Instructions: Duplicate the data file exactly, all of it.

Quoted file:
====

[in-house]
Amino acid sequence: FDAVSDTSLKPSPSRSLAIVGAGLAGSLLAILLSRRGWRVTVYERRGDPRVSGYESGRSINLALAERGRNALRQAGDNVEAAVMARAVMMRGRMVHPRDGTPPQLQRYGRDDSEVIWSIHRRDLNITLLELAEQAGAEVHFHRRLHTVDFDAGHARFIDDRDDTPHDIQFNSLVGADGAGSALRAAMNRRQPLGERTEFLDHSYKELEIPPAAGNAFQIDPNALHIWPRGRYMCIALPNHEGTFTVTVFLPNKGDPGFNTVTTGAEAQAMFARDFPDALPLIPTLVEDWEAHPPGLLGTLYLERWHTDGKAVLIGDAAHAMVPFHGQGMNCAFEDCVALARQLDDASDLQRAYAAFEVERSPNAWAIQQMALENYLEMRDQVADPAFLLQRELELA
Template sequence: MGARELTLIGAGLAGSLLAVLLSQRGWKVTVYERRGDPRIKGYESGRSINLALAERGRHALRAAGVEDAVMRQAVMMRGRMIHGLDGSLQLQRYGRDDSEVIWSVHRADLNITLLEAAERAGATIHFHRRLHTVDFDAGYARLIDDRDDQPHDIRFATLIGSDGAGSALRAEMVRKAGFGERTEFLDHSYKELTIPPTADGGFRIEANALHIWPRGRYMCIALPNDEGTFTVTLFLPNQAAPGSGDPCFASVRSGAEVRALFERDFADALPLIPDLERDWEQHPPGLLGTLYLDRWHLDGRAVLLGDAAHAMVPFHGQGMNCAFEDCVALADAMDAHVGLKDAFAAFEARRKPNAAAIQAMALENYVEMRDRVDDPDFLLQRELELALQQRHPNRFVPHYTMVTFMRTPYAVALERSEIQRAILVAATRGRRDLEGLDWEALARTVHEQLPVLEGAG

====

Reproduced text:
[in-house]
Amino acid sequence: FDAVSDTSLKPSPSRSLAIVGAGLAGSLLAILLSRRGWRVTVYERRGDPRVSGYESGRSINLALAERGRNALRQAGDNVEAAVMARAVMMRGRMVHPRDGTPPQLQRYGRDDSEVIWSIHRRDLNITLLELAEQAGAEVHFHRRLHTVDFDAGHARFIDDRDDTPHDIQFNSLVGADGAGSALRAAMNRRQPLGERTEFLDHSYKELEIPPAAGNAFQIDPNALHIWPRGRYMCIALPNHEGTFTVTVFLPNKGDPGFNTVTTGAEAQAMFARDFPDALPLIPTLVEDWEAHPPGLLGTLYLERWHTDGKAVLIGDAAHAMVPFHGQGMNCAFEDCVALARQLDDASDLQRAYAAFEVERSPNAWAIQQMALENYLEMRDQVADPAFLLQRELELA
Template sequence: MGARELTLIGAGLAGSLLAVLLSQRGWKVTVYERRGDPRIKGYESGRSINLALAERGRHALRAAGVEDAVMRQAVMMRGRMIHGLDGSLQLQRYGRDDSEVIWSVHRADLNITLLEAAERAGATIHFHRRLHTVDFDAGYARLIDDRDDQPHDIRFATLIGSDGAGSALRAEMVRKAGFGERTEFLDHSYKELTIPPTADGGFRIEANALHIWPRGRYMCIALPNDEGTFTVTLFLPNQAAPGSGDPCFASVRSGAEVRALFERDFADALPLIPDLERDWEQHPPGLLGTLYLDRWHLDGRAVLLGDAAHAMVPFHGQGMNCAFEDCVALADAMDAHVGLKDAFAAFEARRKPNAAAIQAMALENYVEMRDRVDDPDFLLQRELELALQQRHPNRFVPHYTMVTFMRTPYAVALERSEIQRAILVAATRGRRDLEGLDWEALARTVHEQLPVLEGAG